Lighter, well-constructed boots are vital for anglers who cover a lot of water or hoof it to get to remote water. There are a lot of heavy duty – emphasis on heavy – boots out there and those are more suited to anglers who don’t move around a lot and like to have something substantial on their feet to help anchor in the river bed.

Anglers who spend more time fishing in colder months might want consider fleece or wool lined boot attached waders. Boot attached waders are also a good option for anglers who get tired of bending over to put on boots and tie laces. A concern with boot attached waders is the fact that different boots can’t be used with the waders. Boots attached to the waders are usually not a good option for walking a ways to fish.

During warmer months, it is common to see anglers go wet wading without waders. Many will wear neoprene booties – like those attached to waders, but some elect to just wear sandals. Sandals don’t provide any ankle support to prevent twisted, or worse, broken ankles while negotiating the slippery rocks under the flowing water. It’s also distracting when vegetation and sand or pebbles get stuck in the sandals. Suffice it to say, it takes a very specific set of circumstances for an angler to choose to use sandals, hence our reviews of wading boots—the right tool for the job.

The right wading boots are heavily based on the circumstances of fishing environment. Below are a number of aspects to consider when looking for the right pair of wading boots.

Sole

Some states, most notably Alaska, have made the decision on what kind of treaded boot anglers can wear for them. Felt has long been to the go-to sole for wading boots because of its gripping ability in a wide variety of conditions. Felt free regulations were adopted due to concerns that anglers were unknowingly carrying invasive species from watershed to watershed due to the absorbent qualities of felt. Vermont was one of those states, but eventually retracted the rule. Wildlife officials there still suggest anglers stay away from felt.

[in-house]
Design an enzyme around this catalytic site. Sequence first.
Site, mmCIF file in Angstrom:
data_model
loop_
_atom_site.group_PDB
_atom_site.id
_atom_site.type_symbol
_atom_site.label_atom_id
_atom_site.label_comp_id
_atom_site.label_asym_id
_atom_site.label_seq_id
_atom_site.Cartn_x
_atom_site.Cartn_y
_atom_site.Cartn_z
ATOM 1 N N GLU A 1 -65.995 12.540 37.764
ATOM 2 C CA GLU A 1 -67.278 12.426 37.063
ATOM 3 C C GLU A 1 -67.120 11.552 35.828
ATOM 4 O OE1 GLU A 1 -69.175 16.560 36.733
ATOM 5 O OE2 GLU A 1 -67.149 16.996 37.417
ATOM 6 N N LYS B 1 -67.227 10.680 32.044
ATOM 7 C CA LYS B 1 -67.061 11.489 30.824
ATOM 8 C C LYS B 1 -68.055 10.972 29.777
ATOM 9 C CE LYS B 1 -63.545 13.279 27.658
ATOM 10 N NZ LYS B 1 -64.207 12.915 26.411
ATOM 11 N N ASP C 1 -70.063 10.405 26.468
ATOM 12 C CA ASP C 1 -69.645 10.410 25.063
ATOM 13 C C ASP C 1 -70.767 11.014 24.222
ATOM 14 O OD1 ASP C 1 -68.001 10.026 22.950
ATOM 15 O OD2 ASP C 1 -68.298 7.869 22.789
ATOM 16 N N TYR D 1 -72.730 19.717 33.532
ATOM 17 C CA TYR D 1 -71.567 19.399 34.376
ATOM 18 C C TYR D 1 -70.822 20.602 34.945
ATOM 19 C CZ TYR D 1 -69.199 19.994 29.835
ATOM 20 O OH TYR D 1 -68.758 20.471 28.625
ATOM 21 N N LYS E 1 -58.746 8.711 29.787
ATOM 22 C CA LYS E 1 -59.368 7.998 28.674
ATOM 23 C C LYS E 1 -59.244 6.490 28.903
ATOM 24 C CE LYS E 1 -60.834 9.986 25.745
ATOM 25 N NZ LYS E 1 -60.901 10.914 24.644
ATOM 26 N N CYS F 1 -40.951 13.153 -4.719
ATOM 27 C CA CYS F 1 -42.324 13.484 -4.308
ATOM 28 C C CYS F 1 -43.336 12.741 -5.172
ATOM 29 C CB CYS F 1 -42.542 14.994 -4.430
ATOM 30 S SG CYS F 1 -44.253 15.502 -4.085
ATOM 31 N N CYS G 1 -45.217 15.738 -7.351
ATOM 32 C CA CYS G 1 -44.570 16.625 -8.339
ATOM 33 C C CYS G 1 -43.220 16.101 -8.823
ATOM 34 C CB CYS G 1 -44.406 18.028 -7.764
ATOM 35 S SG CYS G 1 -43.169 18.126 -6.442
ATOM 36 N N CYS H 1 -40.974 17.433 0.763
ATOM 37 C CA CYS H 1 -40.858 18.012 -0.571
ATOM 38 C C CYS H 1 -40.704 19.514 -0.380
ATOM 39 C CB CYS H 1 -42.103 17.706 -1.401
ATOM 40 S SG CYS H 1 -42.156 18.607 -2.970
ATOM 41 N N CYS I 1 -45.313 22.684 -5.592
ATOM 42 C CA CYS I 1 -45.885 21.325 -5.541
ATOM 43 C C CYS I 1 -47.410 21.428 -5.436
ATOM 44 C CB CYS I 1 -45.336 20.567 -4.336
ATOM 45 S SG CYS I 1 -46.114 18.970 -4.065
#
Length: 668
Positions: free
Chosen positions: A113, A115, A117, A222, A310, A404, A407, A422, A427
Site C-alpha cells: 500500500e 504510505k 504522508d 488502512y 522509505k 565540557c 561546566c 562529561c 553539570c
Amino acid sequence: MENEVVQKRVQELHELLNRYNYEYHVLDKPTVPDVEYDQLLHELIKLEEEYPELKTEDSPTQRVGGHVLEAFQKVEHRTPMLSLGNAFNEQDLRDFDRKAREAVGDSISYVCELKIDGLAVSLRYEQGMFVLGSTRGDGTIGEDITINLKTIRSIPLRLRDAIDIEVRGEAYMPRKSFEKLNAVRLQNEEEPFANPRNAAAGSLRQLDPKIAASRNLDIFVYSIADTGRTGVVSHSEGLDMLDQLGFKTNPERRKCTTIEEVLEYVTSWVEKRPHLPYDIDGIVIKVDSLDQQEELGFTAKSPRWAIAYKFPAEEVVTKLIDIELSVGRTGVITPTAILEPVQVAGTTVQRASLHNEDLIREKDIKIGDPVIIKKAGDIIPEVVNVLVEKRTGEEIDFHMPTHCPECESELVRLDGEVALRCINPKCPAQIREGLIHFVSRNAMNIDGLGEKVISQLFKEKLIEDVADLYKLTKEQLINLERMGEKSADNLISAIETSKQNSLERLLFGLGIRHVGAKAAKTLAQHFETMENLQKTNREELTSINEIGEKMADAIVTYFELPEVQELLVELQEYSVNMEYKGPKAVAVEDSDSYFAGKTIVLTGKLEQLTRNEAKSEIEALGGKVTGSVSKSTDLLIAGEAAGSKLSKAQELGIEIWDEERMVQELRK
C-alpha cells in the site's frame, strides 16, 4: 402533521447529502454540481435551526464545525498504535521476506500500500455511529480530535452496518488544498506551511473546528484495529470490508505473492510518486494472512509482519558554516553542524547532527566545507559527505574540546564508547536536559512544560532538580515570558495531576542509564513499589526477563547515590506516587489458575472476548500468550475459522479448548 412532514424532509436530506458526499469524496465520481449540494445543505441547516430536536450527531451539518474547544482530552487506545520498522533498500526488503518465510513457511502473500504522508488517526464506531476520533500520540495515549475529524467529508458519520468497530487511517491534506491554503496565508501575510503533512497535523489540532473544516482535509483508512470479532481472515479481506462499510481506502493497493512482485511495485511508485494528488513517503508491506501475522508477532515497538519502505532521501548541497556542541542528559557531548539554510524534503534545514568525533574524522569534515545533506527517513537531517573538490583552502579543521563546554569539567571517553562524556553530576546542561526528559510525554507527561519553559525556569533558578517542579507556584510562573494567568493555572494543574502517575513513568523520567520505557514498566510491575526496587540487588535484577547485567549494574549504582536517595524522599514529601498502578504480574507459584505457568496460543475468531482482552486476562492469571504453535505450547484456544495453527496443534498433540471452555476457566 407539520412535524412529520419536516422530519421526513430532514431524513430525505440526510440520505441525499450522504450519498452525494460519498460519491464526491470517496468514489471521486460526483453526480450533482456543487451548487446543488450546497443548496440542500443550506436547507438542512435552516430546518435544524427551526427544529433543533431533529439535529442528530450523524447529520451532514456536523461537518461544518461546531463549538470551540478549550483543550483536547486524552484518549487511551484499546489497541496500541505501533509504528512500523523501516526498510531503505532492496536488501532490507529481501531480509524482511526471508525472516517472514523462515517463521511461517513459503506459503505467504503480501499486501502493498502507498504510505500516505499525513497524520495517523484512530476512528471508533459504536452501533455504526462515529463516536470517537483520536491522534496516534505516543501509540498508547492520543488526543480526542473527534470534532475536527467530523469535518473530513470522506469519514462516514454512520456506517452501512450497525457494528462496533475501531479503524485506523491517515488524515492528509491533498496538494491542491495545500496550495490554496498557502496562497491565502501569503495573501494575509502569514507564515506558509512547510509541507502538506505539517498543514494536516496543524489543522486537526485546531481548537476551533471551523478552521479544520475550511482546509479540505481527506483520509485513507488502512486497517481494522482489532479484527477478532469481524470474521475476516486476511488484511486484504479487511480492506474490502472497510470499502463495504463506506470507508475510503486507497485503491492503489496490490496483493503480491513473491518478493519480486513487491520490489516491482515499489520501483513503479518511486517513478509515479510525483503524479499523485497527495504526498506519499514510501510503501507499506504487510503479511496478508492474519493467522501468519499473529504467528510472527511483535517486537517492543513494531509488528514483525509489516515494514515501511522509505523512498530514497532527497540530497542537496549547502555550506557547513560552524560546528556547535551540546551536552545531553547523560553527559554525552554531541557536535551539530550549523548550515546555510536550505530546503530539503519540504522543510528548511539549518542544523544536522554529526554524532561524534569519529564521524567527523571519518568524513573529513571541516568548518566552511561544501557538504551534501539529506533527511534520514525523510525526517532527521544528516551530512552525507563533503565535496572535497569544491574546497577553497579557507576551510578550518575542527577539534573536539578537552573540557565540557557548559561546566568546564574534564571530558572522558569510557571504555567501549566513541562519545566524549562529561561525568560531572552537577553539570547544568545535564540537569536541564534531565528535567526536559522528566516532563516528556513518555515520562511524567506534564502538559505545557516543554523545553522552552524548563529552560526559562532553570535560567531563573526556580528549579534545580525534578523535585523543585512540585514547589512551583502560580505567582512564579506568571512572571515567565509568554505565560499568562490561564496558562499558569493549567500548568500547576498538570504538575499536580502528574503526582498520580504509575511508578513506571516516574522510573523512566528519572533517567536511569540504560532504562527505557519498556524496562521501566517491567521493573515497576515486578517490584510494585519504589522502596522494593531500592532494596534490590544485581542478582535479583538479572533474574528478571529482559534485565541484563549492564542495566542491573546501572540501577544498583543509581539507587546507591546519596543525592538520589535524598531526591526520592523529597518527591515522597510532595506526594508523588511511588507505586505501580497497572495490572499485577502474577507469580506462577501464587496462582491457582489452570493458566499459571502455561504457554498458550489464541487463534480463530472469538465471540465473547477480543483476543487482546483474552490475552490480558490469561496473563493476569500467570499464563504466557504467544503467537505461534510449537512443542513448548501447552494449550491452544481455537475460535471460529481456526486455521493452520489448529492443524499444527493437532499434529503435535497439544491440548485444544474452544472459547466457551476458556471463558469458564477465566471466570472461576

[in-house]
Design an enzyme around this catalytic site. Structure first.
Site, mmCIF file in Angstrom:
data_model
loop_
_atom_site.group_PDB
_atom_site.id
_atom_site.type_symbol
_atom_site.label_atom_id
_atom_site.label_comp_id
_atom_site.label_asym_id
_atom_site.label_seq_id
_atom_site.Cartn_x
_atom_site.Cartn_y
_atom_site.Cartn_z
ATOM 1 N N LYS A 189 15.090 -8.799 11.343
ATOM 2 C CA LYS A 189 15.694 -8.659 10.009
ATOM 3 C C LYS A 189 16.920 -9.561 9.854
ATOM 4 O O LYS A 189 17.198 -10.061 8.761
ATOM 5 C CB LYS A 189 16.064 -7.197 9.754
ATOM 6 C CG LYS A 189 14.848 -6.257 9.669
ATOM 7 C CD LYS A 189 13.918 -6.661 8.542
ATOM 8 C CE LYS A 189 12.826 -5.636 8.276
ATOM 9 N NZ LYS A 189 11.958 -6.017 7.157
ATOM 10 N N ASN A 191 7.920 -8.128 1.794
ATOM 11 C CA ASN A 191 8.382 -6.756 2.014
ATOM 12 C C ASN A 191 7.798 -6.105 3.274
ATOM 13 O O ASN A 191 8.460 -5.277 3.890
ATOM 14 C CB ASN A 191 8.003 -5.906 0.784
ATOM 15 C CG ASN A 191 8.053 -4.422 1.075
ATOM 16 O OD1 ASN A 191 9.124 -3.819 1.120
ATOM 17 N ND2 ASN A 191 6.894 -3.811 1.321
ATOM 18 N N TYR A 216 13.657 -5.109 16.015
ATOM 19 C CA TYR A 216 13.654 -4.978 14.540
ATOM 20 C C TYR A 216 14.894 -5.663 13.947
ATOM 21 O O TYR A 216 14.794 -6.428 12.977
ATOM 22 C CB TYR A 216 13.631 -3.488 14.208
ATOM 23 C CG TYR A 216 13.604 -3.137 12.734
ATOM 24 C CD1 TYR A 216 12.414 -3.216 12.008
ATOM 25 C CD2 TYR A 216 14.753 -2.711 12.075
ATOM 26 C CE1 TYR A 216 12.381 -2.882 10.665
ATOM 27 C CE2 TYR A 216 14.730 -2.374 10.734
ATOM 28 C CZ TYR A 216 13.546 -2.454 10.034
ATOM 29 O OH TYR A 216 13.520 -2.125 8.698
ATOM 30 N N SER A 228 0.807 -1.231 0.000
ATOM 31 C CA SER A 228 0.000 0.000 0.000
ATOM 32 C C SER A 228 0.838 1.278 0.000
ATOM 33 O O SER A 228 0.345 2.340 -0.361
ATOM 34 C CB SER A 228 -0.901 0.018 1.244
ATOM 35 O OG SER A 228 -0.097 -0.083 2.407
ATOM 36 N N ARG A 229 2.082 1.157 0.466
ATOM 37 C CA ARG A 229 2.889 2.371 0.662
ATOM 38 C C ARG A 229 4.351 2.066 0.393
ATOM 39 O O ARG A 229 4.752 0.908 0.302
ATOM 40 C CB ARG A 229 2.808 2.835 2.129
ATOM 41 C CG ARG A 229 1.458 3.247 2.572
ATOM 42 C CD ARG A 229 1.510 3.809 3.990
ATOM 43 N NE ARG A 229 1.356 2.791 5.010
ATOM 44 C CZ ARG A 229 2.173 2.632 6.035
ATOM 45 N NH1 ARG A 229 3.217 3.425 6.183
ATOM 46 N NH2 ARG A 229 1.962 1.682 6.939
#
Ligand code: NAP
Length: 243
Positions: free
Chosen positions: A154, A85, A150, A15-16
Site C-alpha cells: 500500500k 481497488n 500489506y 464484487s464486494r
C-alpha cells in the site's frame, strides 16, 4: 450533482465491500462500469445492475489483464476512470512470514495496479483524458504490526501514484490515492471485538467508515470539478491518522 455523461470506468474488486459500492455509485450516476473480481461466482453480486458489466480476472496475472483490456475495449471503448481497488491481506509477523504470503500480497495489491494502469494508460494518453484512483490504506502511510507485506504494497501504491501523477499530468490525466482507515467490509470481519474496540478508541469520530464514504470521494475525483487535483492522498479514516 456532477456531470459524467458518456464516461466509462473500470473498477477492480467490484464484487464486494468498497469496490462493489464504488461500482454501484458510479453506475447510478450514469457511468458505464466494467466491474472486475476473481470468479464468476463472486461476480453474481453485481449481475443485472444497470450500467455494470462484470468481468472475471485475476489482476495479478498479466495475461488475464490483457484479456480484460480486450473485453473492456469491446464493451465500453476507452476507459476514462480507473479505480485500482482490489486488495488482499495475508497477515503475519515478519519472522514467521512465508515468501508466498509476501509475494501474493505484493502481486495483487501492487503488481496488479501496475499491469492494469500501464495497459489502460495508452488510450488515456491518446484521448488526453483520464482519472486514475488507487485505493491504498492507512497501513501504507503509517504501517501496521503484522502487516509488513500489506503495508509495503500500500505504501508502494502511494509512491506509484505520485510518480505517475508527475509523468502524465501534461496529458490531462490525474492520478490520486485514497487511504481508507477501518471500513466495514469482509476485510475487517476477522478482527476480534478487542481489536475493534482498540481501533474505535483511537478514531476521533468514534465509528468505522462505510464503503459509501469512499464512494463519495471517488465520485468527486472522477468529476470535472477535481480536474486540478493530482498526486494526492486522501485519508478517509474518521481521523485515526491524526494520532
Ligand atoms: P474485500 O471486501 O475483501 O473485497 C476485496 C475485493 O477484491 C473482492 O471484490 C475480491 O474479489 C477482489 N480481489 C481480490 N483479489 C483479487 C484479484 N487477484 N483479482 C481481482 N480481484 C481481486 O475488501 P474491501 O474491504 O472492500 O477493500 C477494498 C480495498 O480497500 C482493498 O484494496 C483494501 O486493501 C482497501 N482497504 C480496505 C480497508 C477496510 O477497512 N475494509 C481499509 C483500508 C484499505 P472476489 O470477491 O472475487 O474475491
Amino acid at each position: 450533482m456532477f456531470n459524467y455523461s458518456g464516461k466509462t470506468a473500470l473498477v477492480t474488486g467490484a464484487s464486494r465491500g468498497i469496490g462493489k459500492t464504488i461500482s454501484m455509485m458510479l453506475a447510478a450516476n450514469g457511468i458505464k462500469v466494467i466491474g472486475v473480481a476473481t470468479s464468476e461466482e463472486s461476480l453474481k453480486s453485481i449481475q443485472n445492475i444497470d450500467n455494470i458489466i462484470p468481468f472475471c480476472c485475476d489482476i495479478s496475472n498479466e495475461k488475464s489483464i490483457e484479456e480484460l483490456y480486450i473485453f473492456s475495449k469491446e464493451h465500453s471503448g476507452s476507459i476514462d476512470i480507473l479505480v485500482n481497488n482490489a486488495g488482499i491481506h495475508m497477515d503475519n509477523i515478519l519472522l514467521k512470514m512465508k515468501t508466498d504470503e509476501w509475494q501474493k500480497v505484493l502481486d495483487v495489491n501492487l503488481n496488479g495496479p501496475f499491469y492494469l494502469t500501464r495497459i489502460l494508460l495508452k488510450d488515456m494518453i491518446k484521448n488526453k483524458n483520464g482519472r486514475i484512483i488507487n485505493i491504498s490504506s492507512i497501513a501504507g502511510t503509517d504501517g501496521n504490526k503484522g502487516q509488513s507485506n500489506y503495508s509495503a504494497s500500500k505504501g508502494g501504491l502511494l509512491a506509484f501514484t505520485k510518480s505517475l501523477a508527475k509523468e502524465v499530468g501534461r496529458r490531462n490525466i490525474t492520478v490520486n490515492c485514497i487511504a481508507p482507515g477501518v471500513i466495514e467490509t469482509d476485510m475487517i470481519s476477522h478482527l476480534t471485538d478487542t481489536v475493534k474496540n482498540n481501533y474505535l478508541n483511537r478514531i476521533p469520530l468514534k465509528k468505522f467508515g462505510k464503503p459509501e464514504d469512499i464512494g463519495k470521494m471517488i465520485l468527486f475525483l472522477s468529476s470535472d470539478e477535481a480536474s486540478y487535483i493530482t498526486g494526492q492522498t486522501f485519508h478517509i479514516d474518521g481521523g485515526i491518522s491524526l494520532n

Another issue with felt is the penguin wobble anglers develop when walking on snow. Snow and ice sticks to the bottom of the boots and can make walking on uncomfortable and dangerous.

Many rubber treads are available now to accommodate different tread types, temperatures, and approach distances. Rubber soles can also accommodate studs to provide a little extra traction in mossy conditions (these are not the boots for dory trips).

Aluminum bars is another traction method available. Some anglers swear by them claiming better grip in heavy currents than those without.

There are also companies making interchangeable soles to accommodate different situations. Like anything, these have their pros and cons and should be thoroughly  researched before purchasing.

Sizing

Like any shoe, it is important to try on wading boots. Don’t assume they will fit because they match your shoe size. Some anglers forget to take into account how thick the booties of their waders can be and find their feet crammed into the boots.

It is best to head to a local fly shop or sporting goods store to try on boots before making a purchase. If you are replacing boots, or getting a pair to go with new waders, make sure to try the boots on with the waders you plan to wear. Also, try them on with socks in different thicknesses to see if you will be able to wear them in cold and hot conditions.

It might seem odd to take your old waders into the shop to try with new boots, but any seasoned staff at the store will appreciate the wisdom of doing so.

Features

Outside of the various treads the only other true feature on wading boots is the Boa wire lace system used by some brands. This system is great for getting a tight closure and it prevents laces from coming untied while wading. Laces can be a real issue when fishing in the winter as they can freeze and become nearly impossible to untie outside. Stories abound of fishermen sitting in the cabin for an hour with their boots and waders on waiting for the laces to melt.